And what is on your own persona 2009 year in review list?

The Huffington Post has a two part lists of things Ariana would like to forget about 2009 including Myley Cyrus, poll dancer, and the infamous beer summit. Bob Frankin has his own take on the year in that on-line liberal leaning publication as well.

On the comedy side, one of the best, traditionally printed in the Review Journal before ink got so expensive, is Miami Harold and internationally syndicated columist Dave Barry's look back at the year (there was a TV show with a fictious Barry as its center a few years back).

Laughing Squid has its take.

Political Cartoonist have several year in review sites.

Gay and Lesbian sites have theirs.

YouTube has many different 2009 Year in Review features.

Skateboarding, golf, universal sports, video games,

Yahoo has a full graphic section looking back at 2009.

Apple has its own, on sevearal sites.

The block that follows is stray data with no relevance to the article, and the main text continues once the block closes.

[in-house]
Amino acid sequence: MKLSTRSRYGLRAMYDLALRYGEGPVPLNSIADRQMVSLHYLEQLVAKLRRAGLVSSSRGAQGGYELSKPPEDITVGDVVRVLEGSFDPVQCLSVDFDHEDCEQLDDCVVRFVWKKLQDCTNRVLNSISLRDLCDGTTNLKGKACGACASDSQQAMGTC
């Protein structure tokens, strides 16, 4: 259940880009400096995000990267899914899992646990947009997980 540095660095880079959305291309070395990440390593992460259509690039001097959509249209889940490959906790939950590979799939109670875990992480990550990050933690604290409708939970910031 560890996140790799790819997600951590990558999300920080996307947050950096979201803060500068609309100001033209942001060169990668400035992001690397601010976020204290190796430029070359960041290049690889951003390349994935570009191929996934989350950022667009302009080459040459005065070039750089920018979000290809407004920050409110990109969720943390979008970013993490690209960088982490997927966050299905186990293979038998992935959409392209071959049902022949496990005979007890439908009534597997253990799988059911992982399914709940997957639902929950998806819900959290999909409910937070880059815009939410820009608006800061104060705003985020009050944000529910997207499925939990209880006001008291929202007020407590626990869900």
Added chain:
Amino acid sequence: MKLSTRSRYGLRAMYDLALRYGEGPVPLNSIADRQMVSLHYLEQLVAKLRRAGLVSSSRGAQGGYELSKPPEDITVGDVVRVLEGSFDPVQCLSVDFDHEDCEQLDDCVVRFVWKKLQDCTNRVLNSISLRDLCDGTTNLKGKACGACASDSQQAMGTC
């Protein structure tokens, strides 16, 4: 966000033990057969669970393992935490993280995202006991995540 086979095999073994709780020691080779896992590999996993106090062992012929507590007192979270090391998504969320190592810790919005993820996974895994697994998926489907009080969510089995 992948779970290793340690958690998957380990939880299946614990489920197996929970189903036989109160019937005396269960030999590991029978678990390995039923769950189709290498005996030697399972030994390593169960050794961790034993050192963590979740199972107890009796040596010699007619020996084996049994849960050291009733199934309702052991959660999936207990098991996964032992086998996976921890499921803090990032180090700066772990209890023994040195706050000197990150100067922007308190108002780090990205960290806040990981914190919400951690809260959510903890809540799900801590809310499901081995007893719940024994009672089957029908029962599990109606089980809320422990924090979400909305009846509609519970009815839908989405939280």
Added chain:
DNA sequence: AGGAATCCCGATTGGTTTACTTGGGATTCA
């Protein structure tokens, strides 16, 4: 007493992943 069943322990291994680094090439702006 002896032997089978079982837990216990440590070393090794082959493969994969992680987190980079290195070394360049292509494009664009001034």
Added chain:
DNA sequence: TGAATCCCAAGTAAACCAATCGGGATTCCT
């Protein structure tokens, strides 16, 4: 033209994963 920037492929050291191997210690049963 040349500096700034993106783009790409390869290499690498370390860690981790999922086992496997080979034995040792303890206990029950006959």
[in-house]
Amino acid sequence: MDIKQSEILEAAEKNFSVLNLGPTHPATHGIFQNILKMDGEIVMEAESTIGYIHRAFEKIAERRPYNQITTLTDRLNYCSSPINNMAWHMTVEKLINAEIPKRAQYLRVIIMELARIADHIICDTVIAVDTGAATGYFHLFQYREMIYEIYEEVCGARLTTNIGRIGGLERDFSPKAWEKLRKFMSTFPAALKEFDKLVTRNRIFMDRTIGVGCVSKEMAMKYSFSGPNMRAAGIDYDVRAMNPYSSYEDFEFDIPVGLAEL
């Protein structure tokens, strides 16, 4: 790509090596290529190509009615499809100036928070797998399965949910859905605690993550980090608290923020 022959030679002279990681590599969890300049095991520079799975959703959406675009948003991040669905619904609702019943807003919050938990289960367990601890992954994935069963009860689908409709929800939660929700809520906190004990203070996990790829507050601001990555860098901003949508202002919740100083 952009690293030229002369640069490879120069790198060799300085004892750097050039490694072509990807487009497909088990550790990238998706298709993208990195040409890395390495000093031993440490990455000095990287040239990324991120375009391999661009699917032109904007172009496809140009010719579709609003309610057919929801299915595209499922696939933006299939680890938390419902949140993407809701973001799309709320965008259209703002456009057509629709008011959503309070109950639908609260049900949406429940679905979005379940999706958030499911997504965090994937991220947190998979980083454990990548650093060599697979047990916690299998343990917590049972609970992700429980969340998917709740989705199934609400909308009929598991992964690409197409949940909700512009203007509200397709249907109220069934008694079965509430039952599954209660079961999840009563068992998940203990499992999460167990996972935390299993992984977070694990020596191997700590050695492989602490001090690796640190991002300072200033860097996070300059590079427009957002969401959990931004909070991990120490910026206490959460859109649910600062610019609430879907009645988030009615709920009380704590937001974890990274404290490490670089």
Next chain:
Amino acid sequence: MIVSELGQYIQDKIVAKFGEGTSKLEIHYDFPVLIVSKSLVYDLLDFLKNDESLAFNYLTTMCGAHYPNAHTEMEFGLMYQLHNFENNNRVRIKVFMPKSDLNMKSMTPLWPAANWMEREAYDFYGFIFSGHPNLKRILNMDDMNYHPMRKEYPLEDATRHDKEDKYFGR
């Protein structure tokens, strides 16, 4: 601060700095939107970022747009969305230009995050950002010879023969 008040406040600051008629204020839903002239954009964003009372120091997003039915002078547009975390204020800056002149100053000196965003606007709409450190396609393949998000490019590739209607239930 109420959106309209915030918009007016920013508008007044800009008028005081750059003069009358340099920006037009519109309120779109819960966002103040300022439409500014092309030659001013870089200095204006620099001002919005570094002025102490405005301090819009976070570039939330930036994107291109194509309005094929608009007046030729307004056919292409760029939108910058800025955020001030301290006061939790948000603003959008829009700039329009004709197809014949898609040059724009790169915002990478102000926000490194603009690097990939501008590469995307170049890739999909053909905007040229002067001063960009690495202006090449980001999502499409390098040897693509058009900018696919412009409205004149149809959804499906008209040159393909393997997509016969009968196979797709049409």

The public relations and publicity industries have theirs.

A cool web site from Ohio State (why can't CSN do this?).


Politico, FeePress, Just News, JZ Net, StuntDouble, social web sites, virtual events, for the deal,

NASA, Scientists, Convenience Store Owners (Oh, thank heaver for 7-11, hot to go!), Beer Makers, mobile phone companies, psychologist and mental health profesisonals,

Cities have theirs including Chicago, Buffalo, Ft Wayne,

Other geographies and points of view from states, with California leading the list. Washington DC comes a close second, followed by New York, because the news media is focused in those three areas.